At EzeFrame, we love art of all kinds – even the stuff that doesn’t fit in a picture frame. From minimalist conceptual exhibits to abstract sculpture to traditional watercolours, we’re passionate about any artwork that can really make us feel and think. We’re also pretty jealous of anyone who can simply pick up a pencil or a paintbrush, and create a masterpiece that will look amazing hanging in any old picture frame.
Of course, becoming an artist is a lot more complicated than being born with natural talent. Just take a look at the complexity that goes into producing an artwork with oil paints.
The medium of oil painting has been used by artists around the world for centuries. Nearly all of the world’s most famous paintings were produced in oil – that includes "Mona Lisa", "Starry Night", "Girl with a Pearl Earring" and Mark Rothko’s "No. 10". It’s a term that can be applied to any slow-drying paint created from a mixture of pigment and oil. It’s popular with professional painters because it is long lasting and slow-drying, allowing for corrections to be made gradually. It can also be used to produce unique aesthetic effects that aren’t possible with other types of paint.
The Origins of Oil Paint
In 2008, a number of paintings were unearthed in a cave in Afghanistan dating back to 650 AD. They were found to have been created with oil paint – in this case using a combination of pigments, and walnut and poppy seed oils.
This is thought to be the first use of oil painting and would seem to indicate an early appreciation for the artistic potential of oil.
However, it wasn’t actually until the Renaissance that oils began to be widely used as an artistic medium. During the classical and medieval periods, oils were used during the painting process for drying, varnishing and sealing. They were also occasionally used to add detail to tempera paintings (tempera is a technique where pigments are mixed with a water-soluble medium, often egg yolk). Usually, however, oils were seen as disadvantageous because of their long drying times and weren’t a staple of the artist’s paint box. In the 15th century, that all began to change.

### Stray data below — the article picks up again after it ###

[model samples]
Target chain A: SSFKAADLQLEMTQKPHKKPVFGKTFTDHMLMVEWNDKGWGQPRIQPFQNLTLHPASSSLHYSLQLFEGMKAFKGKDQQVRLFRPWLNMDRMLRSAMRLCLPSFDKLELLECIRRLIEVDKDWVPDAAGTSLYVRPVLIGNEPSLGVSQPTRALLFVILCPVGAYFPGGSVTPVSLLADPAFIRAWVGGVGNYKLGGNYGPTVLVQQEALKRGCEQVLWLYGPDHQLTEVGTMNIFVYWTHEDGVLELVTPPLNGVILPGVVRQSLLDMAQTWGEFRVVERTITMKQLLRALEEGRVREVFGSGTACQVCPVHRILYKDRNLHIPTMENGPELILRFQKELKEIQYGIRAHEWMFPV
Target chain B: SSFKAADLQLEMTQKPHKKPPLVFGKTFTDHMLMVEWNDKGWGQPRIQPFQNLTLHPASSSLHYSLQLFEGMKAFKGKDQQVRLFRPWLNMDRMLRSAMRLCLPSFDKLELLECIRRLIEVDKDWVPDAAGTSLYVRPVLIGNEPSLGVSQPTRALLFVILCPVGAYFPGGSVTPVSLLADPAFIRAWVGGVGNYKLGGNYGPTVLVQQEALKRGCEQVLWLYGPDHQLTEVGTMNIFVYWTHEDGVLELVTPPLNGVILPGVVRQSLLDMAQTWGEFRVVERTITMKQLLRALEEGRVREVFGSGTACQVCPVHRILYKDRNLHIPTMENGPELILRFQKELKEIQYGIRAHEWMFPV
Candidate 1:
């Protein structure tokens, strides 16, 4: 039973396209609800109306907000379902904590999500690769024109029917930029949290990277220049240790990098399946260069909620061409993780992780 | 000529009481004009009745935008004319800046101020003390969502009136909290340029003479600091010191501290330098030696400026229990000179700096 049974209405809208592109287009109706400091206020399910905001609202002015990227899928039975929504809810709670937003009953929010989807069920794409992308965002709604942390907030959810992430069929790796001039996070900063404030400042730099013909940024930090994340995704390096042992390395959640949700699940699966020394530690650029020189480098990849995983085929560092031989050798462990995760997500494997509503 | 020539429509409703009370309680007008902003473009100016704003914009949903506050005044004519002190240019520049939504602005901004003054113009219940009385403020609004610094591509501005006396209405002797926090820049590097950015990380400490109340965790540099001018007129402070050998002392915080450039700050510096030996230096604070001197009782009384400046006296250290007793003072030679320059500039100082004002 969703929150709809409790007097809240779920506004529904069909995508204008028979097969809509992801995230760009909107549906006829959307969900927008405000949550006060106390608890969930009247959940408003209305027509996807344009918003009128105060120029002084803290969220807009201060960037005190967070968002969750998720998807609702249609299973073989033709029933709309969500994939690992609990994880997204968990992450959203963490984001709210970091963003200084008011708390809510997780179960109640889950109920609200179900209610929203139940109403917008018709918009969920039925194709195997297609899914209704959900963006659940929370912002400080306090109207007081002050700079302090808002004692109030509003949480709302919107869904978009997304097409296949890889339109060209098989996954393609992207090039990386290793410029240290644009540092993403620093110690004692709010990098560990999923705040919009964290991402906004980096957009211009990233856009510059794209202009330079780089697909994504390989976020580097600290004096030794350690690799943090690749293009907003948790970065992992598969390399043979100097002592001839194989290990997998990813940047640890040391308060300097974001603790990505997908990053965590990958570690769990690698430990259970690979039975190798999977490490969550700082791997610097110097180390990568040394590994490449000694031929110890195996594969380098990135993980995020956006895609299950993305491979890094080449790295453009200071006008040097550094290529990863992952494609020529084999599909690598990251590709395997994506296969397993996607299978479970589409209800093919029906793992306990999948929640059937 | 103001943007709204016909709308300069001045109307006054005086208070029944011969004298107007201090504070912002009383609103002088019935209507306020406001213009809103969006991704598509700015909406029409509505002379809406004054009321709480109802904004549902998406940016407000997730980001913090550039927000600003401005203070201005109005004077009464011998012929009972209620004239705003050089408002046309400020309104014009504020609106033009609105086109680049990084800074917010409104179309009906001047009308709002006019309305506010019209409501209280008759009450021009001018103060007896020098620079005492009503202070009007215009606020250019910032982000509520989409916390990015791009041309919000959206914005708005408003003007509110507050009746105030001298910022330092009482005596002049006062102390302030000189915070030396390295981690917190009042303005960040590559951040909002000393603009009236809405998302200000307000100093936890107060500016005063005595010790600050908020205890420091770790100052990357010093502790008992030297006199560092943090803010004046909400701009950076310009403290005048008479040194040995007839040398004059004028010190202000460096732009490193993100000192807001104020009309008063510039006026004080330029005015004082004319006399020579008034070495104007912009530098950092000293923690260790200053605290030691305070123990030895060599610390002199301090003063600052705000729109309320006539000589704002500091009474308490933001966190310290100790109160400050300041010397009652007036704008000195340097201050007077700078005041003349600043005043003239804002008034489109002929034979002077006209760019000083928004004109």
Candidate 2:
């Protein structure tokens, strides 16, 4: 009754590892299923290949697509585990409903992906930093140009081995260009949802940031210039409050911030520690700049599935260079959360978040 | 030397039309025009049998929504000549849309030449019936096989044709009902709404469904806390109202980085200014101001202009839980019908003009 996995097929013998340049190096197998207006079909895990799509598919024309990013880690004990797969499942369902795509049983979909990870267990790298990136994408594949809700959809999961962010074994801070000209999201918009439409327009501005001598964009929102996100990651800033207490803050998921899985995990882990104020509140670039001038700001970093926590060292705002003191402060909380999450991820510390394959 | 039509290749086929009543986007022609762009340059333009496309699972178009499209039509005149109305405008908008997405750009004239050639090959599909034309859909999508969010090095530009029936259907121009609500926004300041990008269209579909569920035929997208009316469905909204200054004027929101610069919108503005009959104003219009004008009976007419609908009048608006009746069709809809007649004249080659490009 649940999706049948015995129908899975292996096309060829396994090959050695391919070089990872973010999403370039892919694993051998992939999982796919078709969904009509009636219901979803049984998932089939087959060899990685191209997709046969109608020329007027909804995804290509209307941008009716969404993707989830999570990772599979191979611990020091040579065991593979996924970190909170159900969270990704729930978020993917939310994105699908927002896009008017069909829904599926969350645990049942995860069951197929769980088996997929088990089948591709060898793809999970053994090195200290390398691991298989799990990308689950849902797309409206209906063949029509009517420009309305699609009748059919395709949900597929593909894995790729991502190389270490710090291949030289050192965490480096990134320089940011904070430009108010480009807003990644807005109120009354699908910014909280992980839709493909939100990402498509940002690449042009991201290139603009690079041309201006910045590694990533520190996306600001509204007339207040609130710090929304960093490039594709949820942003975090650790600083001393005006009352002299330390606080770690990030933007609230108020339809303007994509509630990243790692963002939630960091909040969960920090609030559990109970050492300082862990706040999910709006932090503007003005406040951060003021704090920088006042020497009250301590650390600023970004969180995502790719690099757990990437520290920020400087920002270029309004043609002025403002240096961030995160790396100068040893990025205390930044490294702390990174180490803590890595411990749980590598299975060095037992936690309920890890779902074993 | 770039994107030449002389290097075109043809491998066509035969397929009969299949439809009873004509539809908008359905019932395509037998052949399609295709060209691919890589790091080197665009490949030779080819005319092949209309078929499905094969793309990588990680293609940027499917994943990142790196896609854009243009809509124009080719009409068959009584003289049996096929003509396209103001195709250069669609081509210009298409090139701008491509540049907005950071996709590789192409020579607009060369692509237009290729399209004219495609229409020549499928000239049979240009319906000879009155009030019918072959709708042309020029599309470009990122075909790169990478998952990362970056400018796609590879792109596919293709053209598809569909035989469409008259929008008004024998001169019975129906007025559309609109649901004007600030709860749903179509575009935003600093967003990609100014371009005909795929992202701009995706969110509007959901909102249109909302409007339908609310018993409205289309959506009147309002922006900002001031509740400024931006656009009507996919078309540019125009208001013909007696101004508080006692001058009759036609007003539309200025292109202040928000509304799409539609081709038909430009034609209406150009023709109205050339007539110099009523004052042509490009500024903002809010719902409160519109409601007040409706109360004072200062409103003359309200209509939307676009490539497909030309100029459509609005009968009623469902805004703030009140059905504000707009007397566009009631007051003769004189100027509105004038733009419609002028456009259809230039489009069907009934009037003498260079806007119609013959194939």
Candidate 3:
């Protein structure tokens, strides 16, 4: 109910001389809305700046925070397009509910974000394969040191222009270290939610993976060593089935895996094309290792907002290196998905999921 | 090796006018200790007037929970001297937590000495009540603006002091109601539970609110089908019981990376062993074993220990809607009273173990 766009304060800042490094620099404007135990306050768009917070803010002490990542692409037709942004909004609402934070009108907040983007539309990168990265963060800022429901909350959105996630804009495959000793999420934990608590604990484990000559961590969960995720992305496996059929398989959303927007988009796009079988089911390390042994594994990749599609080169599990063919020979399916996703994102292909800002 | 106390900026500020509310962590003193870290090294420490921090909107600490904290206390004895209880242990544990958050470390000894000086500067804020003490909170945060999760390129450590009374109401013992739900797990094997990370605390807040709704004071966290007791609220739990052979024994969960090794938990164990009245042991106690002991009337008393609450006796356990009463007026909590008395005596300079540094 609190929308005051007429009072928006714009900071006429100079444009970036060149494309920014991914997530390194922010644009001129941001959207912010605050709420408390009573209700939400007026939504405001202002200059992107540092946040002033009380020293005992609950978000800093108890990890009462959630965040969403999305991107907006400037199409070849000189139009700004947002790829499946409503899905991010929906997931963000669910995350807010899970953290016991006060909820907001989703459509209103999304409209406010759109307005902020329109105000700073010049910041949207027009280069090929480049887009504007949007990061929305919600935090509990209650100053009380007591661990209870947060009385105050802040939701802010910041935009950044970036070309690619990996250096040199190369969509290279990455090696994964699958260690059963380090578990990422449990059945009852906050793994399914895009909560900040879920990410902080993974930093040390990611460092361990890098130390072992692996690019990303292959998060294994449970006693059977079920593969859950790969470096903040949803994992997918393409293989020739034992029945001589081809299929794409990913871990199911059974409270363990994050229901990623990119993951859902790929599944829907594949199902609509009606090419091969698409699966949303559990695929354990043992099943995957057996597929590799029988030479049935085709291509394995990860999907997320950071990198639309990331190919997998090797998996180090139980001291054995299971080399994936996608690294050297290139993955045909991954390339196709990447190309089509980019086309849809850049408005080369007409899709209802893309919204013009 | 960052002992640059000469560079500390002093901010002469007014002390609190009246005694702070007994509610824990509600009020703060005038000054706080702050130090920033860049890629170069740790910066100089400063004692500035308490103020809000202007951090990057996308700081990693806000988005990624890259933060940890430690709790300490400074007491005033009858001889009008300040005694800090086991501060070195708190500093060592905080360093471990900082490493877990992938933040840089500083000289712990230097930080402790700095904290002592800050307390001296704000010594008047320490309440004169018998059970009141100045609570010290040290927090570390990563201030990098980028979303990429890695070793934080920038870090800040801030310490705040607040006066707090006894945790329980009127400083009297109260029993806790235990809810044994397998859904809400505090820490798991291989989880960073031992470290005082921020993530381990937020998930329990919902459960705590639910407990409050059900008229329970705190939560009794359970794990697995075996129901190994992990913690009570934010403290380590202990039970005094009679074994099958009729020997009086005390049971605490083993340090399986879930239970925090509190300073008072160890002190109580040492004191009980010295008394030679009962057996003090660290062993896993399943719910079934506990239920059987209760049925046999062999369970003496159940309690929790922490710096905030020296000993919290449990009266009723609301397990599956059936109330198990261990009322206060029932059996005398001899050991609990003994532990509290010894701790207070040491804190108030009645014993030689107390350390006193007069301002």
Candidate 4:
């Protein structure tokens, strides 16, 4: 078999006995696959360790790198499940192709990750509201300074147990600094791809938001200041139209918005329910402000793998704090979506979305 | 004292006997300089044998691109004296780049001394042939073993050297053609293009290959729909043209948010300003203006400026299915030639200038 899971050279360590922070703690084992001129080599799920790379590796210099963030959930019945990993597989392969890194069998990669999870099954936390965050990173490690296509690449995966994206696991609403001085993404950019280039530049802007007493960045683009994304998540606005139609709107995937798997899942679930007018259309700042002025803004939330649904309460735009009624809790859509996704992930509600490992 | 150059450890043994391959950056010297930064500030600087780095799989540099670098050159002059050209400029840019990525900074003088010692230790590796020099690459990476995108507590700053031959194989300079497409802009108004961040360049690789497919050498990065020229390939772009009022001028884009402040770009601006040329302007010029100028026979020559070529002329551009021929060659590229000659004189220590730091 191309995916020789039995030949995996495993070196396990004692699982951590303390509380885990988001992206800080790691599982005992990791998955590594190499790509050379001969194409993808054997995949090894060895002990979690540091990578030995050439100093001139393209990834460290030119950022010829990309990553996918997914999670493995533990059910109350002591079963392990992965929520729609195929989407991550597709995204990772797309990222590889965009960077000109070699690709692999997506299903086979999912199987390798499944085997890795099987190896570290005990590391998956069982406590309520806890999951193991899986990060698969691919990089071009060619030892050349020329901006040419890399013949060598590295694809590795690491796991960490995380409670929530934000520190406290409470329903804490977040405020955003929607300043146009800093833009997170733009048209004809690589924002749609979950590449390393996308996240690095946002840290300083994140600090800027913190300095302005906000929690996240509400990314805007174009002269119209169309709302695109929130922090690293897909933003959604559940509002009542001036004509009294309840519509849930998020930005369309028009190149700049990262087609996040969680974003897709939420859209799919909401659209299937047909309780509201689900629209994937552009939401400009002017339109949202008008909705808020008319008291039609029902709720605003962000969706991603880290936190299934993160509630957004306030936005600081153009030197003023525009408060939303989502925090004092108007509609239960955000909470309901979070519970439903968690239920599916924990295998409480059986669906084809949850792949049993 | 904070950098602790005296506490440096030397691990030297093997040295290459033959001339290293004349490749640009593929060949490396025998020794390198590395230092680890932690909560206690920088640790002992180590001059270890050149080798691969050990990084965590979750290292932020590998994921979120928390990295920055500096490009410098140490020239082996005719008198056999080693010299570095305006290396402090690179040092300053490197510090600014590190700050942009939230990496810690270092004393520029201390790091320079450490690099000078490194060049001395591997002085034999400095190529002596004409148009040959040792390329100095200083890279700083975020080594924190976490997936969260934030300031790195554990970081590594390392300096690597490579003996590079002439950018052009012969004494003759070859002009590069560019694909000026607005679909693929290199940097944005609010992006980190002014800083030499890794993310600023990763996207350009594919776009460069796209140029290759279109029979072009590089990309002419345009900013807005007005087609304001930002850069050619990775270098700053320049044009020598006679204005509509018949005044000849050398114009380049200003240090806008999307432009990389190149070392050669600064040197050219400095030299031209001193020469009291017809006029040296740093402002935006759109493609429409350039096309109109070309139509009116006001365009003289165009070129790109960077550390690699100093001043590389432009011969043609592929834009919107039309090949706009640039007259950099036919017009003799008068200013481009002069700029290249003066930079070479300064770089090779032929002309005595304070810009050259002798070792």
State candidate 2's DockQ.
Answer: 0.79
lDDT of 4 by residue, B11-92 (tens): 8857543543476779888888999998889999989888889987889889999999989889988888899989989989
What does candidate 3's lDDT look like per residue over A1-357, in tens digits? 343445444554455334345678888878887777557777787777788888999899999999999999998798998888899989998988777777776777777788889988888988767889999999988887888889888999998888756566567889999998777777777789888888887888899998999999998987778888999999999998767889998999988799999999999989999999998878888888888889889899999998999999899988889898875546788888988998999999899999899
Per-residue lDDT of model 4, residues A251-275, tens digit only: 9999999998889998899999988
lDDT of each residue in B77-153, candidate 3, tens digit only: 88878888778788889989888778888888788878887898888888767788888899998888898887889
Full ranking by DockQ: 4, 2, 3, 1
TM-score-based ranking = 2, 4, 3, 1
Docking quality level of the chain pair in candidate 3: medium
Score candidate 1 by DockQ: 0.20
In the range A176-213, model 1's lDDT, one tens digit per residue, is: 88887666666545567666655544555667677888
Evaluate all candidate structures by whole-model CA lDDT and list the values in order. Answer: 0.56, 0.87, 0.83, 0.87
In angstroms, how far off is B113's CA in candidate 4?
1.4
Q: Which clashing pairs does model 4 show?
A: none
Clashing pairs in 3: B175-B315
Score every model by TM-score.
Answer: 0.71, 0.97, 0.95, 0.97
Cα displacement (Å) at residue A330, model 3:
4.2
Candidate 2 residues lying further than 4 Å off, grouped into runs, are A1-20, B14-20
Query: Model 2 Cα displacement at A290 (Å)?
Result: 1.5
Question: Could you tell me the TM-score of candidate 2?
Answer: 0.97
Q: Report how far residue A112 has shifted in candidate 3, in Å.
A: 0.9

The Renaissance: Oil Paint’s Heyday
Up until the 15th century, tempera was the preferred style of painting. But with the movement towards naturalism – spurred on by early Renaissance painters in the Netherlands – came a reassessment of tempera; though quick-drying and long lasting, realistic detail and nuance simply could not be achieved with this medium.
It’s often said that Dutch painter Jan Van Eyck was the inventor of modern oil painting. Closer to the truth is the idea that he was an early, and very influential, adopter. His 1434 painting "The Anolfini Wedding" marked a particularly important turning-point for Western art. By painting wet-on-wet (i.e. blending colours directly on the canvas) and building up delicate layers of colour and depth, he illustrated the power and intensity of oil paint to the rest of the art world.
What isn’t known is precisely what oil mixture Van Eyck used. However, we do know that the painter Antonello da Messina later developed a mixture containing lead oxide called "oglio cotto" or "cooked oil" that dried better. Later, Leonardo da Vinci threw his expertise into the mix and began using beeswax in his paint. We now know that oil paintings containing cooked oils or lead oxide darken quickly – for that reason, other techniques are utilised today.
The Introduction of Paint Tubes
Up until the middle of the 19th century, artists blended their paints themselves, grinding pigments and painstakingly blending them with the appropriate oil mixtures. A change came in 1841 when portrait painter John Goffe Rand invented tin tubes for storing oil paints.
This was revolutionary for a number of reasons. Firstly, it prevented paints from drying out, and secondly it enabled artists to paint outdoors with greater ease. Referring to this development, Pierre-Auguste Renoir famously stated: "Without tubes of paint there would have been no Impressionism".
Oil Painting Today
The appeal of oil paint has not dimmed since the Renaissance – even following the creation of fast-drying acrylic. Today, however, it’s a lot easier for artists to achieve their desired effects, due to a greater availability of materials.
Commonly, professional painters will incorporate other materials into their paint blends, to decrease drying time, increase thickness, or create a particular finish.
Wax can be added as a stabiliser, and in larger amounts can be used to create an impasto effect; this is a technique where paint is built up in thick, 3D layers leaving visible brush strokes. It’s often applied with a painting knife or a large brush.
Synthetic resins can be added to oil paint to create gloss and decrease drying times. Historically, tree resins such as amber were dissolved in turpentine and added to oil paint, but – despite creating the desired visual effects – these types of natural resin often ended up causing cracking and yellowing. With modern synthetic resins this isn’t a problem.
Solvents such as white spirit and turpentine are another material used by oil painters. When combined with oil paint they decrease drying time, and are often used for filling in backgrounds, which can then be painted over with oils quickly.
Bringing Oil Paintings into your Home
If our guide to oil paints has inspired you to try your hand at painting, don’t forget that EzeFrame can help when it comes to your picture framing needs. We offer a wide assortment of picture frame and picture mount styles, all of which can be custom-made to fit the exact dimensions of your masterpiece.
As well as standard picture frames for flat images, we can also supply canvas picture frames. These are specially designed to fit around stretched oil paintings or canvas prints that are too deep for a standard picture frame.